In four seasons of working as a producer on the Big Break I have frequently heard from competitors that the best part of being on the show is the relationships that are developed with fellow cast members.
At times it’s the worst part.
Many viewers will remember the story of “Clutch” Carl Whyte and Robbie Biershenk (aka “Shank”) from Big Break Indian Wells. On the surface the two have less in common than Ford and Chevy men. The fact that they were roommates on the show was completely by chance. The friendship they forged was by choice.
Twice on the Indian Wells series, Carl and Shank had to face off in emotionally charged duels (Carl won both times), and each time the result was highly dramatic both during and immediately after the challenge. That’s the nature—in many ways, the essence—of the Big Break. The competition comes and goes. The exemptions and cash are eventually spent. The friendships remain.
Flash forward to the Greenbrier, where another battle of the buds was brewing in episode 5 between Brian and Ray.
Some friends are born out of camaraderie. This one seems rooted in mutual respect.
Though they come from very different parts of the world ¬– Brian is blue-collar, Pittsburgh through-and-through, Ray a savvy and slick Aussie in flashy pants – the Phoenix area of Arizona has become their adopted home. My job on Big Break Greenbrier afforded me the opportunity to get to know Brian and Ray in their own back yards.
Brian and his wife Shelley are the embodiment of the adage that “life begins at forty”. After finding each other later in life, it’s obvious they both realize the importance of making every moment count.They value family and friendship above all else. If you’re ever lucky enough to be invited to dinner at the Coopers’ house, make sure Brian’s blackened tilapia is on the menu. (Follow Brian, as I do, @CoopsGolf – but don’t expect the recipe.)
A Scottsdale transplant by way of Australia’s Gold Coast, Ray is 20 years Brian’s junior and as tough as his background in rugby would lead you to believe. (The black eye he sustained while shooting some rugby scenes for the Big Break Greenbrier preview show serves as evidence.) The next time you’re looking for a tremendously entertaining Friday night in Scottsdale, look for Ray at Harold’s Corral or the Buffalo Chip Saloon. You won’t be disappointed.
So the two men from vastly different backgrounds found more common ground as they became roommates in West Virginia, and ultimately opponents in an Elimination Challenge. A room divided.
Brian’s choice between Rick and Ray was not an easy one. After cruising through the first 3 shows, Rick had finally shown some vulnerability. But it’s hard to put yourself in a match against the guy who shot 63 on the Old White TPC in the practice round. So you go with the guy who’s spent a year on the Web.com Tour. Such is life on this Big Break.
Like that Safe City bench at the chipping location, Brian was kicking himself for getting into this spot in the first place.
As Brian made clear, it was nothing personal. By the time they reached the elimination challenge, Ray expected it. What the rest of us expected was a very good match. And we got it.
As the guys said after the match, another birdie – and another good player gone.
Some additional notes:
• According to Brian, the most nervous he’s ever been over a golf ball was on his shot from the fescue in regulation of the elimination challenge.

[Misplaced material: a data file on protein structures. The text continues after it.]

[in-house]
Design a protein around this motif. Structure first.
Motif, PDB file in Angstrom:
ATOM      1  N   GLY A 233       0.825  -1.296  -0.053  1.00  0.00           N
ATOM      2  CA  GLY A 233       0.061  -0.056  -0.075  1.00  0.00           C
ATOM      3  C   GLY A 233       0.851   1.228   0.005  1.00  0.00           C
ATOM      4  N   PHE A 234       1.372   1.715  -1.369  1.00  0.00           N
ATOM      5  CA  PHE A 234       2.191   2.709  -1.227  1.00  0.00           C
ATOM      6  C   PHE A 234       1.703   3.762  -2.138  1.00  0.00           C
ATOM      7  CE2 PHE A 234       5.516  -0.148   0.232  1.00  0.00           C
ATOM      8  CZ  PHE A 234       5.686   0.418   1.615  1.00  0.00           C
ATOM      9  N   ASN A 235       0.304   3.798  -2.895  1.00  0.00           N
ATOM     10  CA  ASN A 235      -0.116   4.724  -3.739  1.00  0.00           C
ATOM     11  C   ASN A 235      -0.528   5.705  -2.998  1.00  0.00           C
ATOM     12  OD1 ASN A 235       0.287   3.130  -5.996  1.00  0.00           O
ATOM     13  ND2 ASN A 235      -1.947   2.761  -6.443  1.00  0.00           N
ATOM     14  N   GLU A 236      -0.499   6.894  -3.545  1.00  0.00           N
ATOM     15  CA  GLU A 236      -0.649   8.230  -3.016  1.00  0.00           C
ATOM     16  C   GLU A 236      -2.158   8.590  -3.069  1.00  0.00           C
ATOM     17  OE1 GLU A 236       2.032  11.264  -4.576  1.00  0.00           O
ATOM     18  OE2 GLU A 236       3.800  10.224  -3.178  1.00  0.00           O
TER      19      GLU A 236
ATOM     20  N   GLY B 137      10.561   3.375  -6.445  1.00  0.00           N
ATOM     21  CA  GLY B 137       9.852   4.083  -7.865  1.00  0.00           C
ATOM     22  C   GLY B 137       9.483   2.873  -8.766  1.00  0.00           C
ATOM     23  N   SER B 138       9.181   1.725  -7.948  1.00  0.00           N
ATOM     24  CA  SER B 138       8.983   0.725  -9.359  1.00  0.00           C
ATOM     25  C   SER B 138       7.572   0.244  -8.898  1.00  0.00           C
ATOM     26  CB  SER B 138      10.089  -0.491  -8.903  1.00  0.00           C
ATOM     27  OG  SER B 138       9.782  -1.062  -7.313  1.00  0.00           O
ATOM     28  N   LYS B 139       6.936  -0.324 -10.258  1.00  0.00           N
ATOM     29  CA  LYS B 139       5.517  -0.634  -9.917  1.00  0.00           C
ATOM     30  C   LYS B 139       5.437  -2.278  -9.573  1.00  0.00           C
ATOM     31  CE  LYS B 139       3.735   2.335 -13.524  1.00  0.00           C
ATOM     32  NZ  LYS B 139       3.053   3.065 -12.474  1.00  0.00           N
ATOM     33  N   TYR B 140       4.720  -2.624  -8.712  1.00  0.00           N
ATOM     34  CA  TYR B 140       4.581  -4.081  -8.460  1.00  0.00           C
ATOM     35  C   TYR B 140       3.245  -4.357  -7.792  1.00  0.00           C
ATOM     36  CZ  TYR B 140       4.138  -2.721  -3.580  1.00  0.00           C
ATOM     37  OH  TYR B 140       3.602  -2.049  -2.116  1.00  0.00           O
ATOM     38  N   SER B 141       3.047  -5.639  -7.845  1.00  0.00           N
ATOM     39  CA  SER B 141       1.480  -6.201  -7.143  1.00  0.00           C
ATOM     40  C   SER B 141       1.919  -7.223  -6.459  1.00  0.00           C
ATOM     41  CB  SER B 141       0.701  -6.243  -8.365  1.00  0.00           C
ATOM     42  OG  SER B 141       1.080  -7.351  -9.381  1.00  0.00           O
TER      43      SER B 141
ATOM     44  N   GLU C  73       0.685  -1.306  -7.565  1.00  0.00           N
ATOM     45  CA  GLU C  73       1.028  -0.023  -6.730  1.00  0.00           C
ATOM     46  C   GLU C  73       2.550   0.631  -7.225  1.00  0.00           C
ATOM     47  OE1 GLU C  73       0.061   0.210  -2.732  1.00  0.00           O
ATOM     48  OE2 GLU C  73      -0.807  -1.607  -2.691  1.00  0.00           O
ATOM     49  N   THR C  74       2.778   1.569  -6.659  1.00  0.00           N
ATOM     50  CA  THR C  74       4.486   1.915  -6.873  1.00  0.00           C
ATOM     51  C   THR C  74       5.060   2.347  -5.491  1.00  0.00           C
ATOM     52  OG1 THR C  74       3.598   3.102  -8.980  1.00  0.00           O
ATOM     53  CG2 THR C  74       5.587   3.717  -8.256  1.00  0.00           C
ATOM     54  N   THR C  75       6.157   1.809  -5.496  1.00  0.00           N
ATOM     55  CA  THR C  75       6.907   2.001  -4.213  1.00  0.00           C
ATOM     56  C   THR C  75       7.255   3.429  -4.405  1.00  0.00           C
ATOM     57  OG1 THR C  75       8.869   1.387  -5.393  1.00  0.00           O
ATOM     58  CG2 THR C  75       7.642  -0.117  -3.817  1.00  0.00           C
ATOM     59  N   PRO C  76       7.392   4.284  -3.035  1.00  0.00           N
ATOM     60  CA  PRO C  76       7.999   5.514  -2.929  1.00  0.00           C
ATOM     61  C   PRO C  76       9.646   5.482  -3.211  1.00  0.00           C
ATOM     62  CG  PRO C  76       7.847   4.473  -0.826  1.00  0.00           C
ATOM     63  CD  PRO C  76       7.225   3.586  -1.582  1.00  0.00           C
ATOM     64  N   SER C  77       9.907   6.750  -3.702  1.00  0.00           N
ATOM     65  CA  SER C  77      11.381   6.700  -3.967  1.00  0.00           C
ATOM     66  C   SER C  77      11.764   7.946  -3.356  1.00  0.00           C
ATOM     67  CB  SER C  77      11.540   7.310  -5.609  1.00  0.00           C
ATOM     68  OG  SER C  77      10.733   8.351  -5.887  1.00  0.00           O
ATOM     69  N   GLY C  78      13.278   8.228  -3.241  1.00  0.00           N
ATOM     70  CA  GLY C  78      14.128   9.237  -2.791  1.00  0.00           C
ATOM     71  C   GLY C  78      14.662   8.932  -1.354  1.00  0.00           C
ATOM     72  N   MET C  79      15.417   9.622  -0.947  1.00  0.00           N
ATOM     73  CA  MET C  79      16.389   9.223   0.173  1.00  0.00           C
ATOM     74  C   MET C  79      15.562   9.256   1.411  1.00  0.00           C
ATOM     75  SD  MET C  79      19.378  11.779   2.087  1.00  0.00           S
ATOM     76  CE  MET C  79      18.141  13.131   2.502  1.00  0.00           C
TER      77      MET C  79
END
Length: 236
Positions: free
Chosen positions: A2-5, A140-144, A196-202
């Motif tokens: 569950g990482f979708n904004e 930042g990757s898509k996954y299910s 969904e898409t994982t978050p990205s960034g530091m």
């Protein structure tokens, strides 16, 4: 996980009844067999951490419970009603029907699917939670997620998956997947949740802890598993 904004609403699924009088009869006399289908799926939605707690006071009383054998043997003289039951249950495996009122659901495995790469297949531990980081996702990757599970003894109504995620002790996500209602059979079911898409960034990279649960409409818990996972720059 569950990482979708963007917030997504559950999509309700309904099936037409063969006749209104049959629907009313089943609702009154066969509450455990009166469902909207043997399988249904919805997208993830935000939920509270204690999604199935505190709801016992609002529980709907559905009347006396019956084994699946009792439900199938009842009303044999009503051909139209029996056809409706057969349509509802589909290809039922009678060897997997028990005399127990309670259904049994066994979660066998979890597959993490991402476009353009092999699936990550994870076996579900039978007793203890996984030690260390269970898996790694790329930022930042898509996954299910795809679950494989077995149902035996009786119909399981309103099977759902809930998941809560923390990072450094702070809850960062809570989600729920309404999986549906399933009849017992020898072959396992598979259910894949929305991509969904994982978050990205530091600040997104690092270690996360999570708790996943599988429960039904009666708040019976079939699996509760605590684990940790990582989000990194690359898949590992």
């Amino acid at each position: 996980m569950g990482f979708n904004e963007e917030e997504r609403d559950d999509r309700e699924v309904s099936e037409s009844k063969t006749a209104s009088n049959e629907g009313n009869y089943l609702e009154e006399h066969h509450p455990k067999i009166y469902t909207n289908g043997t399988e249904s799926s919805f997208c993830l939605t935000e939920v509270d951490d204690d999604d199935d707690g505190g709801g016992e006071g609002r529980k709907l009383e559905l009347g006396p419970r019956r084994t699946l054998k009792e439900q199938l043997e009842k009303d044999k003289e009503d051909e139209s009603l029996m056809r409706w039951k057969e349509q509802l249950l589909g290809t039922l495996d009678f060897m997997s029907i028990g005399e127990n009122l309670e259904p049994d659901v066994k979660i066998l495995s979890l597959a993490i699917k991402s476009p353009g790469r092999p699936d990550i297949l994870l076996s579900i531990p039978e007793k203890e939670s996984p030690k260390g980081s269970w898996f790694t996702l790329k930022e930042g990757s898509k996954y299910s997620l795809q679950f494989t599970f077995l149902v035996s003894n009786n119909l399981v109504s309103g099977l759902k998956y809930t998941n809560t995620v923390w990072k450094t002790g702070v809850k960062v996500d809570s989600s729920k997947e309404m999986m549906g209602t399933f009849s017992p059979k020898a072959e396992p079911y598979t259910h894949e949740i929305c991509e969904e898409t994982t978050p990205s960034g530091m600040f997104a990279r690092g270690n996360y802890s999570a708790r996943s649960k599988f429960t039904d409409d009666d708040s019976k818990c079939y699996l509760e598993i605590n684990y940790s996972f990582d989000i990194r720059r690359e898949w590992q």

• In his 3 attempts at the flop wall in the first Immunity Challenge, Mark averaged exactly 2 feet 11 inches per shot. And he never bothered to watch where his ball landed.
• Though Brian calls the flop wall “that 9 foot beast” in episode 5, the wall is in actuality 8 feet tall. (We kept the reference in there because it makes it seem even scarier, and hey, it’s close enough.)
• Did you notice the rectangular cut in the rough on the right side of the green in the first Immunity Challenge during episode 4? (Ray’s tee shot lands directly in the middle of it.) The cut was made in anticipation of the flop wall challenge, which would take place on that same hole on the Snead Course one day later.
• For a man who’s got hands as big as catcher’s mitts, Isaac has surprisingly soft touch around the greens. So soft, in fact, that he can’t even hold onto a rainbow trout.
• Episode 5 marked the second appearance of James’ hockey-inspired “saucer pass” shot. The former victim of the chip yips was the only player to score a 1 at the first location in the second Immunity Challenge. (Note: “The sauce” does not work well at a flop wall.)
• James’ inability to hit inside 25 feet from the last location in the second Immunity Challenge nearly cost him dearly. He went from firmly in control of his destiny to relying on others to bail him out - which they did.
• Despite his lack of confidence, Anthony continues to impress his fellow competitors with timely shots. The shot that earned him immunity was actually the second time he hit the green in that playoff (during the second Immunity Challenge). The first had to be cut do to time constraints. Ray also hit the green once in that playoff, before eventually falling to Anthony.
• For the record, Chan does not eat extra grass when he is in the rough.
• Rick would later say that the most nervous he’s been on the show was when Brian reached out to shake his hand on the range right before choosing Ray to compete in the Elimination Challenge.
• Astute Big Break viewers may have noticed that the man Ray tackled in the preview show to get his black eye was none other than Matt Melrose, the South African native who competed on Big Break Ireland. Ray and Matt have a regular game when they’re both home in Scottsdale. It can get pretty ruthless.